Rates of Biogenic Gas Production
Case study: Illinois Basin shale gas field
In the Illinois Basin, 34 formation water and gas samples were analyzed for stable isotopes, Chloride, tritium, 14C and noble gases.
20Ne/36Ar ratios (0.08 to 0.33) are similar to the range found in air-equilibrated water (0.14-0.18). 84Kr/36Ar and 132Xe/36Ar ratios (0.035-0.056 and 13.8-35.0×10-4, respectively) are also similar to the range found in air saturated water.
In these samples we assume that there has been minimal fractionation of the inert gases, with near complete transfer of the noble gas in the water to the gas phase. When considering an external flux of 4He from the upper and lower crust, the average groundwater age range between 0.082 and 1.2 Ma (average 0.59 Ma) for representative crustal values.
Within the Illinois Basin, there is a clear spatial coherence between the different sample populations, the microbial gases which are closer to recharge zones have a younger 4He groundwater age than the deeper thermogenic methane which has an older 4He associated groundwater age. These results are consistent with chloride and δ18O data from the New Albany Shale, which show elevated values towards the basin center in the thermogenic methane area indicating limited flushing by fresh water, as compared to the microbial methane area nearer to the basin margins. All locations in the study area have been influenced by Pleistocene recharge; however, deep saline brines have not been completely flushed, suggesting that the basin fluids are fairly stagnant. Using 4He ages, the magnitude of in-situ microbial methane production is estimated to range from 10-1000 TCF/Ma, which is ~104 to 106 times slower than average laboratory methane production rates from coals, implying that laboratory experiments may be fundamentally different than in-situ conditions.Average groundwater age range from 0.082 to 1.2 Ma (average 0.59 Ma)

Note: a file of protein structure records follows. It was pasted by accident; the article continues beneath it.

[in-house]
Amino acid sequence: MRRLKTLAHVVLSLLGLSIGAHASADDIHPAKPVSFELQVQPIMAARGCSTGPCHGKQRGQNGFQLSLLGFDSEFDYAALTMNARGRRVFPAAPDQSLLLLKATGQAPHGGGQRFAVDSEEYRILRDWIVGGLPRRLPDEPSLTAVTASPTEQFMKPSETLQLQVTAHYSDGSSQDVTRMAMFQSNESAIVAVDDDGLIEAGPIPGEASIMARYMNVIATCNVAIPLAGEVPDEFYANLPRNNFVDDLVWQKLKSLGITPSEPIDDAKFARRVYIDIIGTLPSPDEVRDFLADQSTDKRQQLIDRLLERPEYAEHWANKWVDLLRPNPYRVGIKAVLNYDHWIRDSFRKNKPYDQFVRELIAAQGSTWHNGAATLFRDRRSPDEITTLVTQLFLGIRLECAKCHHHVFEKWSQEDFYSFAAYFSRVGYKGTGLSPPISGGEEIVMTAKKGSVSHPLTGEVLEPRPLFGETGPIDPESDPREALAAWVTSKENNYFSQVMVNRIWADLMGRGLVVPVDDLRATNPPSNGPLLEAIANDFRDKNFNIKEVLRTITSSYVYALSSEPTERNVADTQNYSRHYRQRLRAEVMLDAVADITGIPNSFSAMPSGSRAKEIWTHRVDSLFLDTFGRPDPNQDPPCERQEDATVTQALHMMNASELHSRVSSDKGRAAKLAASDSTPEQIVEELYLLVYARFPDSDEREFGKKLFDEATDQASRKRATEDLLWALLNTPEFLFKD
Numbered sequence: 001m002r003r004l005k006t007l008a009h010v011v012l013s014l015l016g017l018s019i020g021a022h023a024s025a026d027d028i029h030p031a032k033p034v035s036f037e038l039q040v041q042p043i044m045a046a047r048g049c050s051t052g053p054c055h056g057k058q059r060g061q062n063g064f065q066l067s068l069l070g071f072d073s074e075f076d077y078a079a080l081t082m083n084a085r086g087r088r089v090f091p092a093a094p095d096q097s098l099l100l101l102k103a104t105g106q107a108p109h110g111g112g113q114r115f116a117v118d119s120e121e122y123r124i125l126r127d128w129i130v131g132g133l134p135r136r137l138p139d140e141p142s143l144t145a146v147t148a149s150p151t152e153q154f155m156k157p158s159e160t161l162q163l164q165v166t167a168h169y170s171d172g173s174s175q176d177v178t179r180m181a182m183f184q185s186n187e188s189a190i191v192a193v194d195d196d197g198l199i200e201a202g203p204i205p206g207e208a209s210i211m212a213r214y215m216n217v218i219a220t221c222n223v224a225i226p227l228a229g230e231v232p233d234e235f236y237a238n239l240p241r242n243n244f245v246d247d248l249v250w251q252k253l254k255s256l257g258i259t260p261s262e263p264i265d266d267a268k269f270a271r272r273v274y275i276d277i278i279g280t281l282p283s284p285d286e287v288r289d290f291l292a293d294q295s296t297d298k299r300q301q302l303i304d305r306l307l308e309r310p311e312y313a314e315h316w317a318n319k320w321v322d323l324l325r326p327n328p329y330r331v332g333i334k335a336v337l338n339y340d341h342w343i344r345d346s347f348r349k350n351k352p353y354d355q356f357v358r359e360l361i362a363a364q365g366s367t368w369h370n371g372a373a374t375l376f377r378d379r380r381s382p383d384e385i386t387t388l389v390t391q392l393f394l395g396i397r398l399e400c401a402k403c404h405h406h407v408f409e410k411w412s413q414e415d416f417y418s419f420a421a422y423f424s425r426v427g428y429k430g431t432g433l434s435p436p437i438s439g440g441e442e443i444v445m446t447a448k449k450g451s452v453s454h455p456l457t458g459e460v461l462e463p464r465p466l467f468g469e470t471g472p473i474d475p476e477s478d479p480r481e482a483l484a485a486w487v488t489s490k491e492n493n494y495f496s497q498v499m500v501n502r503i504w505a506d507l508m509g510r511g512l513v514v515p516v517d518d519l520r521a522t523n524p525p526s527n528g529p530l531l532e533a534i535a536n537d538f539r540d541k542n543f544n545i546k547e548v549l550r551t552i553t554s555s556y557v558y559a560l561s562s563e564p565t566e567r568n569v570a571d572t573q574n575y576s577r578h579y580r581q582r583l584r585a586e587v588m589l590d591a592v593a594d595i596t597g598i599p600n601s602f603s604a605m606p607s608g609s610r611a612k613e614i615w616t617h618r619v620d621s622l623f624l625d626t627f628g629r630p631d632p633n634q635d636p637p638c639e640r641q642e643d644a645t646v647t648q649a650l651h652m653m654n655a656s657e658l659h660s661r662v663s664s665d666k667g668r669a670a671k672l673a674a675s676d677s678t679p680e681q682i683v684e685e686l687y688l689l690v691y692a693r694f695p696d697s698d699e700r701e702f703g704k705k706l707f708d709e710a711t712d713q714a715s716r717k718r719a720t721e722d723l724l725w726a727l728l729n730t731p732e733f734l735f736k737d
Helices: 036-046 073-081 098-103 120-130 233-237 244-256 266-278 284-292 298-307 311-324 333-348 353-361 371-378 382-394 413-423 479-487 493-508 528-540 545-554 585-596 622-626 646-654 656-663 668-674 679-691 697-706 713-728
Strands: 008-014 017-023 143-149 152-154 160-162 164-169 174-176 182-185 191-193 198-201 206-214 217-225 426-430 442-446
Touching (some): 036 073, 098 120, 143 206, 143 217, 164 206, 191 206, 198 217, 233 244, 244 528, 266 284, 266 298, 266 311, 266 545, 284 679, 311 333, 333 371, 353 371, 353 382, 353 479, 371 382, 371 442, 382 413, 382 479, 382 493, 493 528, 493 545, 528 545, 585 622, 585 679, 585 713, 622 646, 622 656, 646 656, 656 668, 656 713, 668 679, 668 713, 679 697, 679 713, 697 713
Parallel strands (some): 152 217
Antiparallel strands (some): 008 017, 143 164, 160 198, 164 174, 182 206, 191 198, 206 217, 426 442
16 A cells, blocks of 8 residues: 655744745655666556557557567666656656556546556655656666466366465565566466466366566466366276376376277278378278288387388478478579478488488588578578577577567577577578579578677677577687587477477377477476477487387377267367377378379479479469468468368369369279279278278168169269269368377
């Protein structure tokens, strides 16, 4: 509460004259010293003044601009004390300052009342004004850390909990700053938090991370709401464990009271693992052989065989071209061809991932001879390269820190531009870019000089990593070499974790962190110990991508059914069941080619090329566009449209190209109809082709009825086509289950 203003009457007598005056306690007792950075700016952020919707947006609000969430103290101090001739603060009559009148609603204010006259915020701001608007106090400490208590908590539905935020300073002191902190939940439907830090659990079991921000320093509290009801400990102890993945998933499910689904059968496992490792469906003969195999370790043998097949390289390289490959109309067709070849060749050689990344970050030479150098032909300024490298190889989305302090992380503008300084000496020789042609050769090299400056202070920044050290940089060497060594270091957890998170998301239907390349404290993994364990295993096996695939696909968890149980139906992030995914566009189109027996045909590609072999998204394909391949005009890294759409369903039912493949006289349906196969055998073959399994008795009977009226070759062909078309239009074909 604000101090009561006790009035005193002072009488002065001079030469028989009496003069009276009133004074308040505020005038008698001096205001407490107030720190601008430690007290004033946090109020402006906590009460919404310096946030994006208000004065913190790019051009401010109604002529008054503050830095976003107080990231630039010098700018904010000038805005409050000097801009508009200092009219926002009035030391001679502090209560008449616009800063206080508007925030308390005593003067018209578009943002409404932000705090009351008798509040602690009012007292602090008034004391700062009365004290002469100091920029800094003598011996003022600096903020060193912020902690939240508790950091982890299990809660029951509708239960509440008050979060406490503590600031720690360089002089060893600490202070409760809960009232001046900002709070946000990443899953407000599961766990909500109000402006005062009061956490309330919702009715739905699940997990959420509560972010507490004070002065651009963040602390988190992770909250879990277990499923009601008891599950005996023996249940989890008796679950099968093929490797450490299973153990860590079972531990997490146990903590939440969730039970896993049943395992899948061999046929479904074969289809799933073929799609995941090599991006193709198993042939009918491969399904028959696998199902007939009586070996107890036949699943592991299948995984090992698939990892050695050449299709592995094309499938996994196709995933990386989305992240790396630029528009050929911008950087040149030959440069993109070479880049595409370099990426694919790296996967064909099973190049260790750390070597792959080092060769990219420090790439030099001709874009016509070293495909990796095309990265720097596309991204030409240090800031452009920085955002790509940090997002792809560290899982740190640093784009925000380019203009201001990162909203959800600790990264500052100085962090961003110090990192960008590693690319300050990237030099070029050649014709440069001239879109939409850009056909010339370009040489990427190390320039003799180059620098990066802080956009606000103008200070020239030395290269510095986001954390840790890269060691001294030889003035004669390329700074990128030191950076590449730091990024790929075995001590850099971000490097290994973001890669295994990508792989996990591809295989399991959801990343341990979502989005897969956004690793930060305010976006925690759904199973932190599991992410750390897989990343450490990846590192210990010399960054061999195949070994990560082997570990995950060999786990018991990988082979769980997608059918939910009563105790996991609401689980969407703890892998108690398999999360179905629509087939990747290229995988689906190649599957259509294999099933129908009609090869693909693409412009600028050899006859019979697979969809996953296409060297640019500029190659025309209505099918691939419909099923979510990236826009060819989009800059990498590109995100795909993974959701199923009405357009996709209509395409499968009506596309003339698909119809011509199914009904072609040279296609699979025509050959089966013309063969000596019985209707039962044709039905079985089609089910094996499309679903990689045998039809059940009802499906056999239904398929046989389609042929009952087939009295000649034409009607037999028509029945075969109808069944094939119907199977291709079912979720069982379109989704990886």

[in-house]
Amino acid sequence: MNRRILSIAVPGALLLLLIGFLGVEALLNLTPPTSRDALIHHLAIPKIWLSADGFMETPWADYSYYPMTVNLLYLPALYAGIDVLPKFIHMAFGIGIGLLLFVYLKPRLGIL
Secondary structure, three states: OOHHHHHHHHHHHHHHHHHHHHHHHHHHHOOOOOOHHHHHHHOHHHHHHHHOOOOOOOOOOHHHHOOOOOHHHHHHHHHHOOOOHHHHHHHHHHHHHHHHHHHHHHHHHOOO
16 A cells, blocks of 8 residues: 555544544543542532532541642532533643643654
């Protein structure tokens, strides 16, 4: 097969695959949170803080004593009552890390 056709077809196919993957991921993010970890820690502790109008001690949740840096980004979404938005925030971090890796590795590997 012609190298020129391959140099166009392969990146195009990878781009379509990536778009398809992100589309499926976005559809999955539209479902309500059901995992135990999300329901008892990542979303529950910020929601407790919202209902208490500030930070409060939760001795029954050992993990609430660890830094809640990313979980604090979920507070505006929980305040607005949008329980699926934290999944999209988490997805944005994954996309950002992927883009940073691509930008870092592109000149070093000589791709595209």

Thermogenic methane 4He ages are older than microbial methane 4He ages
Ancient Fluid Systems
The majority of the world’s surface and near-surface reservoirs of natural gas are generally accepted to have been produced by either microbial or thermal degradation of higher organic matter. These processes produce distinct chemical and isotopic signatures in gas reservoirs. There are however a number of gas reserves which do not display these typical signatures, including the large Urengoy gas field in western Siberia and the gas fields of the Songliao Basin, China. These fields produce isotopically light, methane-rich (‘dry’) gas (ILDG) that is not explained by the current understanding of biogenic gas production processes. ILDG has also been reported in high temperature fluids emanating from within sediment-poor mid-ocean ridges, in hydrocarbon seeps from areas upon ultramafic rocks, within fluid inclusions in mantle and igneous rocks and in fluids from the deep subsurface within Precambrian shield areas.